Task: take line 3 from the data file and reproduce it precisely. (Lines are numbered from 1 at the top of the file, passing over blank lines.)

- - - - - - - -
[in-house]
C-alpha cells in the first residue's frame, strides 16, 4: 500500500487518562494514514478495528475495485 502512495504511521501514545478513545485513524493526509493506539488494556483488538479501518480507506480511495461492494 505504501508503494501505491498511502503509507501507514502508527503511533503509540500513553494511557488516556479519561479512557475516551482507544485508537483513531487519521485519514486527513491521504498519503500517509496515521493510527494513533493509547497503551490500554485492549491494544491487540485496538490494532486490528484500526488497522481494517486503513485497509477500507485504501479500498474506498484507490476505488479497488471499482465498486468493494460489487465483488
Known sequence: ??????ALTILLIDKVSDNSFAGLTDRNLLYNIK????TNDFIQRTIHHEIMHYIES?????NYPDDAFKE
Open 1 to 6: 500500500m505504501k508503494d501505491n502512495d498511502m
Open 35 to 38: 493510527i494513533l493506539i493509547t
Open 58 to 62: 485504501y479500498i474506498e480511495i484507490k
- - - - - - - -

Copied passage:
Known sequence: ??????ALTILLIDKVSDNSFAGLTDRNLLYNIK????TNDFIQRTIHHEIMHYIES?????NYPDDAFKE